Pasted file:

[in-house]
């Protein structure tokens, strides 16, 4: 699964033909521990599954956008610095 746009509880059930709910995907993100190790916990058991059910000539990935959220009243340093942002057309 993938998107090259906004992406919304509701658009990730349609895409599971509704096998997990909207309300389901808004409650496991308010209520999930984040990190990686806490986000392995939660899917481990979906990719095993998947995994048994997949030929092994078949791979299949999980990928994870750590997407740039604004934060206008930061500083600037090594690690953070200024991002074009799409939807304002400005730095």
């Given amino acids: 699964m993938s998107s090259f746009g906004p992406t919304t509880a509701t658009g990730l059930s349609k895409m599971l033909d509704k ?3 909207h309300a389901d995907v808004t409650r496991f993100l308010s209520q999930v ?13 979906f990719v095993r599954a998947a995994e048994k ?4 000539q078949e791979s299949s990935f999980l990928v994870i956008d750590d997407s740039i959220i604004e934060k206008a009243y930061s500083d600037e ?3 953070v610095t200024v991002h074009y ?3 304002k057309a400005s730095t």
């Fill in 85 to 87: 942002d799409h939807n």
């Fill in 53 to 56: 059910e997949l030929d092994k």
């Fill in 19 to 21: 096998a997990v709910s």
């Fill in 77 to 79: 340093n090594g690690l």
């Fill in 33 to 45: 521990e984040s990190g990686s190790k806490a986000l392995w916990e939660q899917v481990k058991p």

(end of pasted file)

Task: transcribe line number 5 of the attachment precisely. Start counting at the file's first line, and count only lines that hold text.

């Fill in 53 to 56: 059910e997949l030929d092994k």